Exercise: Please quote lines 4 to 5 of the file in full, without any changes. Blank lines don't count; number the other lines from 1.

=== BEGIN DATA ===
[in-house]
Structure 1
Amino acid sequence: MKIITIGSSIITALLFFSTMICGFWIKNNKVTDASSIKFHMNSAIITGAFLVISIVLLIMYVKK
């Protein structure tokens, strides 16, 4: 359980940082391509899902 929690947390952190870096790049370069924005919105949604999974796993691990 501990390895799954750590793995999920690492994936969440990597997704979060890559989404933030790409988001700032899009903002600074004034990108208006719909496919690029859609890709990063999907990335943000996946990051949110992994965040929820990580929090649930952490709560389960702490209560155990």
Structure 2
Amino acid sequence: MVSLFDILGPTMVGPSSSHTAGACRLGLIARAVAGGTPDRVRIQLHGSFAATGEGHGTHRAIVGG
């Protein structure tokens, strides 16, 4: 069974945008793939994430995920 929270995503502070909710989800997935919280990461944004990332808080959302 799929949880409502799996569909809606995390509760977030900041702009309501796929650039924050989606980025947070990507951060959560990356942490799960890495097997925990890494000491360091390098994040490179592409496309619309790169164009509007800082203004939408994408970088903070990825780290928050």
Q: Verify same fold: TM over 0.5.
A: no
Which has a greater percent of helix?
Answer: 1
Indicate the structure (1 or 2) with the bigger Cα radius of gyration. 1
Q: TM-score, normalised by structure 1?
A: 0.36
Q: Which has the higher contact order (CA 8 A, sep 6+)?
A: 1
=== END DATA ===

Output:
């Protein structure tokens, strides 16, 4: 359980940082391509899902 929690947390952190870096790049370069924005919105949604999974796993691990 501990390895799954750590793995999920690492994936969440990597997704979060890559989404933030790409988001700032899009903002600074004034990108208006719909496919690029859609890709990063999907990335943000996946990051949110992994965040929820990580929090649930952490709560389960702490209560155990």
Structure 2